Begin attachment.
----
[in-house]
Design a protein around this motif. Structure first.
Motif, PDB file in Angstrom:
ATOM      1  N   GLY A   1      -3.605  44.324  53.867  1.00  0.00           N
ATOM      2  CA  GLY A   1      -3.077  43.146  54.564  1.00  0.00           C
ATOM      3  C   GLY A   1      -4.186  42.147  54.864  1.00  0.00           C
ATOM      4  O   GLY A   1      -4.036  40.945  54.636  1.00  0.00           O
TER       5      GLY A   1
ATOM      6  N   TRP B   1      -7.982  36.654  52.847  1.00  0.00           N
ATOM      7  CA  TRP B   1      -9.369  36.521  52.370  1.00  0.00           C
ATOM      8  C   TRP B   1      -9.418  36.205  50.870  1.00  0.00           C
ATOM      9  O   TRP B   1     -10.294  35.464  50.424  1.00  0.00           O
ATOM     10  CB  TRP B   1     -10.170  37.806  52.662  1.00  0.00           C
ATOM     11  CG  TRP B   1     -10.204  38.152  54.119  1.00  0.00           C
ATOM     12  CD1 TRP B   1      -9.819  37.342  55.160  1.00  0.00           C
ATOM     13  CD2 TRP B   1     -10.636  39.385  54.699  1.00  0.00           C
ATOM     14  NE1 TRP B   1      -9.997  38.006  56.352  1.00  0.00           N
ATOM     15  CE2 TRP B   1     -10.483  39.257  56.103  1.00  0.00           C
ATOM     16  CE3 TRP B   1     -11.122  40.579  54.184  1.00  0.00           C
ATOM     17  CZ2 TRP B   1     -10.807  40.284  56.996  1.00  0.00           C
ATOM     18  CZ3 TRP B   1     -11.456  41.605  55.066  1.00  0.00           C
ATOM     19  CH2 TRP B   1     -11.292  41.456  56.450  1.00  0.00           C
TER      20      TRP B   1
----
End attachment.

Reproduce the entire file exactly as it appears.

[in-house]
Design a protein around this motif. Structure first.
Motif, PDB file in Angstrom:
ATOM      1  N   GLY A   1      -3.605  44.324  53.867  1.00  0.00           N
ATOM      2  CA  GLY A   1      -3.077  43.146  54.564  1.00  0.00           C
ATOM      3  C   GLY A   1      -4.186  42.147  54.864  1.00  0.00           C
ATOM      4  O   GLY A   1      -4.036  40.945  54.636  1.00  0.00           O
TER       5      GLY A   1
ATOM      6  N   TRP B   1      -7.982  36.654  52.847  1.00  0.00           N
ATOM      7  CA  TRP B   1      -9.369  36.521  52.370  1.00  0.00           C
ATOM      8  C   TRP B   1      -9.418  36.205  50.870  1.00  0.00           C
ATOM      9  O   TRP B   1     -10.294  35.464  50.424  1.00  0.00           O
ATOM     10  CB  TRP B   1     -10.170  37.806  52.662  1.00  0.00           C
ATOM     11  CG  TRP B   1     -10.204  38.152  54.119  1.00  0.00           C
ATOM     12  CD1 TRP B   1      -9.819  37.342  55.160  1.00  0.00           C
ATOM     13  CD2 TRP B   1     -10.636  39.385  54.699  1.00  0.00           C
ATOM     14  NE1 TRP B   1      -9.997  38.006  56.352  1.00  0.00           N
ATOM     15  CE2 TRP B   1     -10.483  39.257  56.103  1.00  0.00           C
ATOM     16  CE3 TRP B   1     -11.122  40.579  54.184  1.00  0.00           C
ATOM     17  CZ2 TRP B   1     -10.807  40.284  56.996  1.00  0.00           C
ATOM     18  CZ3 TRP B   1     -11.456  41.605  55.066  1.00  0.00           C
ATOM     19  CH2 TRP B   1     -11.292  41.456  56.450  1.00  0.00           C
TER      20      TRP B   1